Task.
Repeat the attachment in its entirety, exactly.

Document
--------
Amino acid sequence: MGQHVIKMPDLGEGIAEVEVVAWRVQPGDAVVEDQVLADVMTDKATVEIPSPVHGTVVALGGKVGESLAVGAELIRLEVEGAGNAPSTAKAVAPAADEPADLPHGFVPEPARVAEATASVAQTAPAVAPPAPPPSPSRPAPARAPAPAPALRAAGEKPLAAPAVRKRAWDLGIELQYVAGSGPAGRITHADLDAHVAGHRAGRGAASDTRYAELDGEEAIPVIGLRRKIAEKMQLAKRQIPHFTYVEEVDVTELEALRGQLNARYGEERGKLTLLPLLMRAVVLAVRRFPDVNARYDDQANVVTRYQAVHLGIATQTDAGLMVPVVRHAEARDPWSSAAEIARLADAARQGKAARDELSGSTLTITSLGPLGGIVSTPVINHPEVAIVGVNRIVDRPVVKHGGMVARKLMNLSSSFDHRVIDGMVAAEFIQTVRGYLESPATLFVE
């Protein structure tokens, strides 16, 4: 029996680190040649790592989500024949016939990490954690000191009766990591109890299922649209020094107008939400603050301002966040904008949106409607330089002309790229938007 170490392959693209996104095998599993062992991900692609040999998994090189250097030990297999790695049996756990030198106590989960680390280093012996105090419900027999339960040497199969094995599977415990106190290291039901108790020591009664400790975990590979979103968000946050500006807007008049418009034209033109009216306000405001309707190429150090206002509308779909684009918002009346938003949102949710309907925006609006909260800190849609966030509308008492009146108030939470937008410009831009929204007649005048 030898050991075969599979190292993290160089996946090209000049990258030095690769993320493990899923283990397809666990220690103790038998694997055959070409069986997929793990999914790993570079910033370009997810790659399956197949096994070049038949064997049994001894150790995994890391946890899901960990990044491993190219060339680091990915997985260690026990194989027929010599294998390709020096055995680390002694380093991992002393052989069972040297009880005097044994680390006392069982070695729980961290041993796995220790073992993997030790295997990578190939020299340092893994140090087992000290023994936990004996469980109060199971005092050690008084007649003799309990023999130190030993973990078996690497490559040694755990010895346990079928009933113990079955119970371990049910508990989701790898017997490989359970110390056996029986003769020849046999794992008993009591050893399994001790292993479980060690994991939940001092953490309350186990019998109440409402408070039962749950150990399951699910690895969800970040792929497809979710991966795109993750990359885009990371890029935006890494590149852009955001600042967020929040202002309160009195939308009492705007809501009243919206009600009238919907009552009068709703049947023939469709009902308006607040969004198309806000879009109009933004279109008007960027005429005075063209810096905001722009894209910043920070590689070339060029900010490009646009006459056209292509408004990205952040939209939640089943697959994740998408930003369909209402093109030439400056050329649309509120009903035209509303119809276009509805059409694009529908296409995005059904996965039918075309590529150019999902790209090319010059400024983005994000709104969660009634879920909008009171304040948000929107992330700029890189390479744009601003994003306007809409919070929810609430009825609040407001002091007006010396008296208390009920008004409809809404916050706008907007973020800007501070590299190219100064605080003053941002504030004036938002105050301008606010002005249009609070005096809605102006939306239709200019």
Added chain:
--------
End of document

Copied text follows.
Amino acid sequence: MGQHVIKMPDLGEGIAEVEVVAWRVQPGDAVVEDQVLADVMTDKATVEIPSPVHGTVVALGGKVGESLAVGAELIRLEVEGAGNAPSTAKAVAPAADEPADLPHGFVPEPARVAEATASVAQTAPAVAPPAPPPSPSRPAPARAPAPAPALRAAGEKPLAAPAVRKRAWDLGIELQYVAGSGPAGRITHADLDAHVAGHRAGRGAASDTRYAELDGEEAIPVIGLRRKIAEKMQLAKRQIPHFTYVEEVDVTELEALRGQLNARYGEERGKLTLLPLLMRAVVLAVRRFPDVNARYDDQANVVTRYQAVHLGIATQTDAGLMVPVVRHAEARDPWSSAAEIARLADAARQGKAARDELSGSTLTITSLGPLGGIVSTPVINHPEVAIVGVNRIVDRPVVKHGGMVARKLMNLSSSFDHRVIDGMVAAEFIQTVRGYLESPATLFVE
């Protein structure tokens, strides 16, 4: 029996680190040649790592989500024949016939990490954690000191009766990591109890299922649209020094107008939400603050301002966040904008949106409607330089002309790229938007 170490392959693209996104095998599993062992991900692609040999998994090189250097030990297999790695049996756990030198106590989960680390280093012996105090419900027999339960040497199969094995599977415990106190290291039901108790020591009664400790975990590979979103968000946050500006807007008049418009034209033109009216306000405001309707190429150090206002509308779909684009918002009346938003949102949710309907925006609006909260800190849609966030509308008492009146108030939470937008410009831009929204007649005048 030898050991075969599979190292993290160089996946090209000049990258030095690769993320493990899923283990397809666990220690103790038998694997055959070409069986997929793990999914790993570079910033370009997810790659399956197949096994070049038949064997049994001894150790995994890391946890899901960990990044491993190219060339680091990915997985260690026990194989027929010599294998390709020096055995680390002694380093991992002393052989069972040297009880005097044994680390006392069982070695729980961290041993796995220790073992993997030790295997990578190939020299340092893994140090087992000290023994936990004996469980109060199971005092050690008084007649003799309990023999130190030993973990078996690497490559040694755990010895346990079928009933113990079955119970371990049910508990989701790898017997490989359970110390056996029986003769020849046999794992008993009591050893399994001790292993479980060690994991939940001092953490309350186990019998109440409402408070039962749950150990399951699910690895969800970040792929497809979710991966795109993750990359885009990371890029935006890494590149852009955001600042967020929040202002309160009195939308009492705007809501009243919206009600009238919907009552009068709703049947023939469709009902308006607040969004198309806000879009109009933004279109008007960027005429005075063209810096905001722009894209910043920070590689070339060029900010490009646009006459056209292509408004990205952040939209939640089943697959994740998408930003369909209402093109030439400056050329649309509120009903035209509303119809276009509805059409694009529908296409995005059904996965039918075309590529150019999902790209090319010059400024983005994000709104969660009634879920909008009171304040948000929107992330700029890189390479744009601003994003306007809409919070929810609430009825609040407001002091007006010396008296208390009920008004409809809404916050706008907007973020800007501070590299190219100064605080003053941002504030004036938002105050301008606010002005249009609070005096809605102006939306239709200019």
Added chain: